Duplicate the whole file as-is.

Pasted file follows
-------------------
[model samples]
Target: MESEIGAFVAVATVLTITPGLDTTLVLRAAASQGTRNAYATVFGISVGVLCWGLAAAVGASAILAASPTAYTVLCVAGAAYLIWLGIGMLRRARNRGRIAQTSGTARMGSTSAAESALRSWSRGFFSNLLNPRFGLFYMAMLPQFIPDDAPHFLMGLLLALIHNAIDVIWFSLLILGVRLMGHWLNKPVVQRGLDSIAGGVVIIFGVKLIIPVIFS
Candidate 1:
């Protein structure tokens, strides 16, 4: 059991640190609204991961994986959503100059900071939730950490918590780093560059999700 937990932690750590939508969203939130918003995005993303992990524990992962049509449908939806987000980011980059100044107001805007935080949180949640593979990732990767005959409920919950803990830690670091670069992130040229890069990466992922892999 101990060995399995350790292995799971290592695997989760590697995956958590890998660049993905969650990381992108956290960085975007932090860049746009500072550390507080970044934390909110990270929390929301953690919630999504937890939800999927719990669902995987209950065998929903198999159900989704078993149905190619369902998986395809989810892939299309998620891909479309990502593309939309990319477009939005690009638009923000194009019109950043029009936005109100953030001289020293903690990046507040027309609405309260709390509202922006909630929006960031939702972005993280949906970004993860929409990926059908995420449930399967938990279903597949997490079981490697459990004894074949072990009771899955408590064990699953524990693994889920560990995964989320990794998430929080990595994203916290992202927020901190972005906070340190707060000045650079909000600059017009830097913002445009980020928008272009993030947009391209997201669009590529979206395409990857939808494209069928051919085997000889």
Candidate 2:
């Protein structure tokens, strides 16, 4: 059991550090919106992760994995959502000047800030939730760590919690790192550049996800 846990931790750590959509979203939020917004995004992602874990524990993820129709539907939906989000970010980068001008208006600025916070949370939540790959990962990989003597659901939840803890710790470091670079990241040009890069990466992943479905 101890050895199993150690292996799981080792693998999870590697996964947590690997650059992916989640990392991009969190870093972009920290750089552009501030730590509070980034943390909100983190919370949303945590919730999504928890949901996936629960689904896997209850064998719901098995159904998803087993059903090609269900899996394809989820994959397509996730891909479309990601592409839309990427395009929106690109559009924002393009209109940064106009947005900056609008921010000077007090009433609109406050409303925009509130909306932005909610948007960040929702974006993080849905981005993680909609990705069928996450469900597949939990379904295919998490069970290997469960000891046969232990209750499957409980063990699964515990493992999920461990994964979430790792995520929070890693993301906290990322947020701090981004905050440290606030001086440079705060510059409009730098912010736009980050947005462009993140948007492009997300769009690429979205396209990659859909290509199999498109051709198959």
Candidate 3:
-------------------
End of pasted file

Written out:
[model samples]
Target: MESEIGAFVAVATVLTITPGLDTTLVLRAAASQGTRNAYATVFGISVGVLCWGLAAAVGASAILAASPTAYTVLCVAGAAYLIWLGIGMLRRARNRGRIAQTSGTARMGSTSAAESALRSWSRGFFSNLLNPRFGLFYMAMLPQFIPDDAPHFLMGLLLALIHNAIDVIWFSLLILGVRLMGHWLNKPVVQRGLDSIAGGVVIIFGVKLIIPVIFS
Candidate 1:
């Protein structure tokens, strides 16, 4: 059991640190609204991961994986959503100059900071939730950490918590780093560059999700 937990932690750590939508969203939130918003995005993303992990524990992962049509449908939806987000980011980059100044107001805007935080949180949640593979990732990767005959409920919950803990830690670091670069992130040229890069990466992922892999 101990060995399995350790292995799971290592695997989760590697995956958590890998660049993905969650990381992108956290960085975007932090860049746009500072550390507080970044934390909110990270929390929301953690919630999504937890939800999927719990669902995987209950065998929903198999159900989704078993149905190619369902998986395809989810892939299309998620891909479309990502593309939309990319477009939005690009638009923000194009019109950043029009936005109100953030001289020293903690990046507040027309609405309260709390509202922006909630929006960031939702972005993280949906970004993860929409990926059908995420449930399967938990279903597949997490079981490697459990004894074949072990009771899955408590064990699953524990693994889920560990995964989320990794998430929080990595994203916290992202927020901190972005906070340190707060000045650079909000600059017009830097913002445009980020928008272009993030947009391209997201669009590529979206395409990857939808494209069928051919085997000889």
Candidate 2:
């Protein structure tokens, strides 16, 4: 059991550090919106992760994995959502000047800030939730760590919690790192550049996800 846990931790750590959509979203939020917004995004992602874990524990993820129709539907939906989000970010980068001008208006600025916070949370939540790959990962990989003597659901939840803890710790470091670079990241040009890069990466992943479905 101890050895199993150690292996799981080792693998999870590697996964947590690997650059992916989640990392991009969190870093972009920290750089552009501030730590509070980034943390909100983190919370949303945590919730999504928890949901996936629960689904896997209850064998719901098995159904998803087993059903090609269900899996394809989820994959397509996730891909479309990601592409839309990427395009929106690109559009924002393009209109940064106009947005900056609008921010000077007090009433609109406050409303925009509130909306932005909610948007960040929702974006993080849905981005993680909609990705069928996450469900597949939990379904295919998490069970290997469960000891046969232990209750499957409980063990699964515990493992999920461990994964979430790792995520929070890693993301906290990322947020701090981004905050440290606030001086440079705060510059409009730098912010736009980050947005462009993140948007492009997300769009690429979205396209990659859909290509199999498109051709198959």
Candidate 3: